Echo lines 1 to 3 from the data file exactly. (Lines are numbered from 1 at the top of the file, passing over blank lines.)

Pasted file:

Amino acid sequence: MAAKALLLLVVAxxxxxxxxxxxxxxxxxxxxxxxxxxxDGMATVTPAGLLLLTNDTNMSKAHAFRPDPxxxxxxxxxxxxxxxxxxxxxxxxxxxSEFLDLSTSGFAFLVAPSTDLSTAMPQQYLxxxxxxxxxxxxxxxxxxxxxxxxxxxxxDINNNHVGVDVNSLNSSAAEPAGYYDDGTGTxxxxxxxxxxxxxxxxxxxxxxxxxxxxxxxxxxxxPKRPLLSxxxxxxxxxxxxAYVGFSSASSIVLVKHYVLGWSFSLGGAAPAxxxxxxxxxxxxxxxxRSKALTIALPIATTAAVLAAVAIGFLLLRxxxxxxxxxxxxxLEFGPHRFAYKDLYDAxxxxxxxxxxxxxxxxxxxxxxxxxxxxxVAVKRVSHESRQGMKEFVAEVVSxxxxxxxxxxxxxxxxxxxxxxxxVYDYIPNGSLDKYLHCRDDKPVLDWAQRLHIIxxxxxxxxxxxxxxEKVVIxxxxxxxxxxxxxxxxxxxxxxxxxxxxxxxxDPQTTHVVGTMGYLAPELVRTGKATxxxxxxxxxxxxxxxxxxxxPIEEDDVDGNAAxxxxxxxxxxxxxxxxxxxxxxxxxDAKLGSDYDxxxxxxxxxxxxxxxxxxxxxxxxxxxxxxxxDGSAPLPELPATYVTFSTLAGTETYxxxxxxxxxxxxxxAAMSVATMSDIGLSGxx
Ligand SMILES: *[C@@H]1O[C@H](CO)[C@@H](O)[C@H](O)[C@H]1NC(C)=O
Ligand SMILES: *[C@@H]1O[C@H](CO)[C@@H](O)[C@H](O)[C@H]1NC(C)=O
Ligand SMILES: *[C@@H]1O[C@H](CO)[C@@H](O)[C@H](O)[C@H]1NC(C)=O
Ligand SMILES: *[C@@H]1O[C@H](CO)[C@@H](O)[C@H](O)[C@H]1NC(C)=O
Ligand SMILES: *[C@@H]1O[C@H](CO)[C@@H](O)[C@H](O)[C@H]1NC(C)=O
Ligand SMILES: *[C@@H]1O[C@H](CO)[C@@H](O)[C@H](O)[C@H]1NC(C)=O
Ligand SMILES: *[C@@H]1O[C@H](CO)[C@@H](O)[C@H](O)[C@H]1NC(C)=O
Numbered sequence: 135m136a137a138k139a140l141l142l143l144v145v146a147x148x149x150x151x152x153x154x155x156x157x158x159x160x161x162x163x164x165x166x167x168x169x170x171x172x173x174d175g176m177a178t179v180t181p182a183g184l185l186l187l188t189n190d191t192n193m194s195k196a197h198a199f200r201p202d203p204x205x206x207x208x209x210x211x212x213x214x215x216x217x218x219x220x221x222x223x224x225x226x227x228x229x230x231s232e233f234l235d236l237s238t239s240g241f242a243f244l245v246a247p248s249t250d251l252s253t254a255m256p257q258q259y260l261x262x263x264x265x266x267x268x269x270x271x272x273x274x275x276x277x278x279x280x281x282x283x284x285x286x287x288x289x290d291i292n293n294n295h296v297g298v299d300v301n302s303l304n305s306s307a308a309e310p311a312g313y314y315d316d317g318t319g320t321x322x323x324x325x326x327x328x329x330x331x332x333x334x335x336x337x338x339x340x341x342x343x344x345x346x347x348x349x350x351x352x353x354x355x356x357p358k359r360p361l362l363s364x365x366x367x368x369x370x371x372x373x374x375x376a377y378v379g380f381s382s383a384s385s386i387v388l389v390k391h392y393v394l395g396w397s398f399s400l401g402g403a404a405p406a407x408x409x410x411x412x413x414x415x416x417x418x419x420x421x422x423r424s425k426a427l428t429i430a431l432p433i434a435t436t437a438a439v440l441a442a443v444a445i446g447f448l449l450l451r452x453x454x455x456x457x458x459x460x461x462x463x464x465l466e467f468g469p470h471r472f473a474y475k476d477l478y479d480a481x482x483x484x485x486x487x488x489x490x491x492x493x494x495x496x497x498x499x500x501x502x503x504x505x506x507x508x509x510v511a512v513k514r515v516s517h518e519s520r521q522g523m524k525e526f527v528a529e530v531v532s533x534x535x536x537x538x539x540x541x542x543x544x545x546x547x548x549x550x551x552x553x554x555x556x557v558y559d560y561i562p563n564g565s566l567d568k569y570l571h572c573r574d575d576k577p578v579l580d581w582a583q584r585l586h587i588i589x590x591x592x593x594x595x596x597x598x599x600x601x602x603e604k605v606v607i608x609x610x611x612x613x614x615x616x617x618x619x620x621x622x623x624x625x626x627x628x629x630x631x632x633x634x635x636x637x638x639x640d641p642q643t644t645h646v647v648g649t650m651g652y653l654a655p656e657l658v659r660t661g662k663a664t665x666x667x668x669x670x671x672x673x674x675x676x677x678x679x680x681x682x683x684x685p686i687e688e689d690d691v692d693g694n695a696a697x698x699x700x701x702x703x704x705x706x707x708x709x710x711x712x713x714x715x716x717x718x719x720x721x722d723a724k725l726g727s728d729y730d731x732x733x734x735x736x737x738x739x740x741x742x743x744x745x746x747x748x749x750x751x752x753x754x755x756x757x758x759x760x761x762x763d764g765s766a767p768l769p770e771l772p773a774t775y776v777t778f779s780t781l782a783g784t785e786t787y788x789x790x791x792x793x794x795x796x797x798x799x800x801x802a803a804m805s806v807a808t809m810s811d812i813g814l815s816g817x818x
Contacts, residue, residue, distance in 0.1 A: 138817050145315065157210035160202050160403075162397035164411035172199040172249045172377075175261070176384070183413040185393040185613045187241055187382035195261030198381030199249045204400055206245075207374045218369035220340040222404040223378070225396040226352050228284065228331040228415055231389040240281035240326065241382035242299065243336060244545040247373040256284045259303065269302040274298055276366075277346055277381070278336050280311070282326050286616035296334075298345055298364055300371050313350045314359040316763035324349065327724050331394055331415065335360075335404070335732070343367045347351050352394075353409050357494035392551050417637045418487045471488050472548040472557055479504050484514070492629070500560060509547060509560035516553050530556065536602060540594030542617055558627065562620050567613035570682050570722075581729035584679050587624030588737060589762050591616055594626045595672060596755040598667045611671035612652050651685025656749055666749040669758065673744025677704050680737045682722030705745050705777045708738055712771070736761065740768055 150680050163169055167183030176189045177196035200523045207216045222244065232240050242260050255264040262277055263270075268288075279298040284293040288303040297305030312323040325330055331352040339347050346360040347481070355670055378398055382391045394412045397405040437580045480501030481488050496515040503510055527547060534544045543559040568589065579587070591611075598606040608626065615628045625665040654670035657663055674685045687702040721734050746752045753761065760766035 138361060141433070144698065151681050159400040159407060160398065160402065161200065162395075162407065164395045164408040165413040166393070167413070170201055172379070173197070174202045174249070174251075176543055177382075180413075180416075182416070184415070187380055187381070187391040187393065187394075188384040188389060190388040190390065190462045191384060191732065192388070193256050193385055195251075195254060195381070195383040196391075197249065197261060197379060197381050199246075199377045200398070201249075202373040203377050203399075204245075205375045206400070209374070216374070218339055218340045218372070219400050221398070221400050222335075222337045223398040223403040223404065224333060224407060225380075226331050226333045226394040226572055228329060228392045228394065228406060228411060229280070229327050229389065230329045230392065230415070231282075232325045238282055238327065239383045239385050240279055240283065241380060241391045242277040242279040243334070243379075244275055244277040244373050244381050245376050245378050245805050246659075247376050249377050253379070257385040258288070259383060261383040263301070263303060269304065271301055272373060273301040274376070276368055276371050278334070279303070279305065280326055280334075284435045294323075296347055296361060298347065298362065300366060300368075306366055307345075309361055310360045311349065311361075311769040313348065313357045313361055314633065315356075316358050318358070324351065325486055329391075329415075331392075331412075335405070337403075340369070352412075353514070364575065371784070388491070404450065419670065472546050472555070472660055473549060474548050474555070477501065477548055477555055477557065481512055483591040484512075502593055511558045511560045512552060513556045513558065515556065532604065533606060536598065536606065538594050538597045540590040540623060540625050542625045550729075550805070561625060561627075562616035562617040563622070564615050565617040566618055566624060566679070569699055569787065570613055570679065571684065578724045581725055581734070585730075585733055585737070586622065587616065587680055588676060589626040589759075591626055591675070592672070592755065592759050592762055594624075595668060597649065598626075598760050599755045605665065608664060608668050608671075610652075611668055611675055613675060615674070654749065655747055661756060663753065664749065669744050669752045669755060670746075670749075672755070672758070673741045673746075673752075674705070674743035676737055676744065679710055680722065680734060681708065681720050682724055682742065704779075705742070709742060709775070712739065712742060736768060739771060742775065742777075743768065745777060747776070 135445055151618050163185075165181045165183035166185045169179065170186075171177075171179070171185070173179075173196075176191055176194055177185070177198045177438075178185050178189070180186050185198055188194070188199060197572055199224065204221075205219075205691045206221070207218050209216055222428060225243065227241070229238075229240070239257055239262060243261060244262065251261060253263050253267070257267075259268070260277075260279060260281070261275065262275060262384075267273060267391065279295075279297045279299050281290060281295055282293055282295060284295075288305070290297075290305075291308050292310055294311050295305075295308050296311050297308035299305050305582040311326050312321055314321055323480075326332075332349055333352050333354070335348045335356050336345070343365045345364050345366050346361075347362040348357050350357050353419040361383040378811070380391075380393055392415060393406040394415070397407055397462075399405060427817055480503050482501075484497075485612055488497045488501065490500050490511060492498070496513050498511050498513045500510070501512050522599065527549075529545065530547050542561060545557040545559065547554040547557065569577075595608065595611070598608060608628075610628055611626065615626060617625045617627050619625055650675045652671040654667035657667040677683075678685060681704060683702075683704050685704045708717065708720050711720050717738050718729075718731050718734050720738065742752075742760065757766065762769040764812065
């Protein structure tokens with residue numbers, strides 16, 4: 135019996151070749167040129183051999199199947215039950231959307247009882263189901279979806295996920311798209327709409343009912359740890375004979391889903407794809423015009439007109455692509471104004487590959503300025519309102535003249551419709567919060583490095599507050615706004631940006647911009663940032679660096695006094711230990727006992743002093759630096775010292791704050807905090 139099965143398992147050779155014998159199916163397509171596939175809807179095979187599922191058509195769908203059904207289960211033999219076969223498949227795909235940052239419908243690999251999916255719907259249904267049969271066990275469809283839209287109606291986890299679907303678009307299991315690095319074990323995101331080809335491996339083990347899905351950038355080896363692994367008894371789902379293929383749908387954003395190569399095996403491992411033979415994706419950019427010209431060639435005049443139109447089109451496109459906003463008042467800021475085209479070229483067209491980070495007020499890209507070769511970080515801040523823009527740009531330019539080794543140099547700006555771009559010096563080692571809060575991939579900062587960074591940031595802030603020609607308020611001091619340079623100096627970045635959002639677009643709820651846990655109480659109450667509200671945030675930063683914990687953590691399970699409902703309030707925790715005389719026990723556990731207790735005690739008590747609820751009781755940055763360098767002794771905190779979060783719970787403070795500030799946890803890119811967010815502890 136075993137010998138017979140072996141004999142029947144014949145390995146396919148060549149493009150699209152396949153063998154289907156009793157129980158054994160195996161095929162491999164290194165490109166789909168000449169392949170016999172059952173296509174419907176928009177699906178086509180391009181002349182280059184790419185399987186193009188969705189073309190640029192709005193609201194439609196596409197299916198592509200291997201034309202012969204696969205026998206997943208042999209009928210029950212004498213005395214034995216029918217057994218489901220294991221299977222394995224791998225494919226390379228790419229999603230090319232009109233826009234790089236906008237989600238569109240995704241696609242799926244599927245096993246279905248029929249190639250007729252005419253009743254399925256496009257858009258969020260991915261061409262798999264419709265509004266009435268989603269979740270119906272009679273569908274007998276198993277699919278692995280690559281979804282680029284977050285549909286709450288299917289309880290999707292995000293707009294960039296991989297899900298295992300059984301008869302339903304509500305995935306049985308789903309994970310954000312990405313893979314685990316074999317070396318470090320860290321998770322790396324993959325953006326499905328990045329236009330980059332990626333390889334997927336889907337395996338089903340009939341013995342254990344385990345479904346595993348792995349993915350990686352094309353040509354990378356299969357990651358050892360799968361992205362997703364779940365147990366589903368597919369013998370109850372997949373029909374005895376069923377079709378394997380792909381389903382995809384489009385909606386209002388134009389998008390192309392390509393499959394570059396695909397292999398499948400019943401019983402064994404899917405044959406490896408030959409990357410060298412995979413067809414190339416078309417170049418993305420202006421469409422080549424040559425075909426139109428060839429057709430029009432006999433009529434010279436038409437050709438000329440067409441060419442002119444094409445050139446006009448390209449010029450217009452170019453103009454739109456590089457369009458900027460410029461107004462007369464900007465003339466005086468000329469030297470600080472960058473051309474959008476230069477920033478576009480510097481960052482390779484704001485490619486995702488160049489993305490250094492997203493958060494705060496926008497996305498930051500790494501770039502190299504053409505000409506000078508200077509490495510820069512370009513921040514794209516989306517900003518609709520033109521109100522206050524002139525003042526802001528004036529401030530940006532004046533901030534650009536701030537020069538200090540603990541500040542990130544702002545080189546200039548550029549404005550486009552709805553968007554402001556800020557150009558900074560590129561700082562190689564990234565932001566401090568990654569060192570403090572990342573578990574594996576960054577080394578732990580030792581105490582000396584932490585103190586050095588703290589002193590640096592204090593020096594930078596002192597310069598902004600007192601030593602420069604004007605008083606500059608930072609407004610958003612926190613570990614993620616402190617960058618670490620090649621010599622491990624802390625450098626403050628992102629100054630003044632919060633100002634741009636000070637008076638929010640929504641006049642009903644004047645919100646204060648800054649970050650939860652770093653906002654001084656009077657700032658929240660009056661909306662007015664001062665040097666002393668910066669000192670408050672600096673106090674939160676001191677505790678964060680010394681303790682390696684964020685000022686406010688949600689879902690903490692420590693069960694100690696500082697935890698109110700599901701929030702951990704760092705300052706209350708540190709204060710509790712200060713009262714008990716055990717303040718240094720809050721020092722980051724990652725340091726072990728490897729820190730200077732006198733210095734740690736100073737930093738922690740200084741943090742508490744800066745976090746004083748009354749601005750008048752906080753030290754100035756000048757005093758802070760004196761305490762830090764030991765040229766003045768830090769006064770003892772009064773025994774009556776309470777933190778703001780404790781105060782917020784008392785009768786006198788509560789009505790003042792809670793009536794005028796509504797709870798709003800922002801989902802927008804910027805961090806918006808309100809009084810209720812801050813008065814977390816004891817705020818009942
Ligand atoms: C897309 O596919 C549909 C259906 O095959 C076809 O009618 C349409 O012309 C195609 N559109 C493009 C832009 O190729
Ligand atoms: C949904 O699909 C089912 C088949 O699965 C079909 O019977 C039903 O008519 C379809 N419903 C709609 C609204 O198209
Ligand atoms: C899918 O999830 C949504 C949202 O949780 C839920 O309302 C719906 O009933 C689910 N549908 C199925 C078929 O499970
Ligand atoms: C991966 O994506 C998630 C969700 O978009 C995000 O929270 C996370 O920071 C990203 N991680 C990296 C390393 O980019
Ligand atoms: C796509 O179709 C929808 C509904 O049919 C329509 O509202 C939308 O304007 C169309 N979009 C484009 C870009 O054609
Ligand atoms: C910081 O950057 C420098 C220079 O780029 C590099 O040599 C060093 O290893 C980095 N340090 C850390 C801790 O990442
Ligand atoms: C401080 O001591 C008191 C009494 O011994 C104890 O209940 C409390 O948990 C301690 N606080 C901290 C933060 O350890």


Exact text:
Amino acid sequence: MAAKALLLLVVAxxxxxxxxxxxxxxxxxxxxxxxxxxxDGMATVTPAGLLLLTNDTNMSKAHAFRPDPxxxxxxxxxxxxxxxxxxxxxxxxxxxSEFLDLSTSGFAFLVAPSTDLSTAMPQQYLxxxxxxxxxxxxxxxxxxxxxxxxxxxxxDINNNHVGVDVNSLNSSAAEPAGYYDDGTGTxxxxxxxxxxxxxxxxxxxxxxxxxxxxxxxxxxxxPKRPLLSxxxxxxxxxxxxAYVGFSSASSIVLVKHYVLGWSFSLGGAAPAxxxxxxxxxxxxxxxxRSKALTIALPIATTAAVLAAVAIGFLLLRxxxxxxxxxxxxxLEFGPHRFAYKDLYDAxxxxxxxxxxxxxxxxxxxxxxxxxxxxxVAVKRVSHESRQGMKEFVAEVVSxxxxxxxxxxxxxxxxxxxxxxxxVYDYIPNGSLDKYLHCRDDKPVLDWAQRLHIIxxxxxxxxxxxxxxEKVVIxxxxxxxxxxxxxxxxxxxxxxxxxxxxxxxxDPQTTHVVGTMGYLAPELVRTGKATxxxxxxxxxxxxxxxxxxxxPIEEDDVDGNAAxxxxxxxxxxxxxxxxxxxxxxxxxDAKLGSDYDxxxxxxxxxxxxxxxxxxxxxxxxxxxxxxxxDGSAPLPELPATYVTFSTLAGTETYxxxxxxxxxxxxxxAAMSVATMSDIGLSGxx
Ligand SMILES: *[C@@H]1O[C@H](CO)[C@@H](O)[C@H](O)[C@H]1NC(C)=O
Ligand SMILES: *[C@@H]1O[C@H](CO)[C@@H](O)[C@H](O)[C@H]1NC(C)=O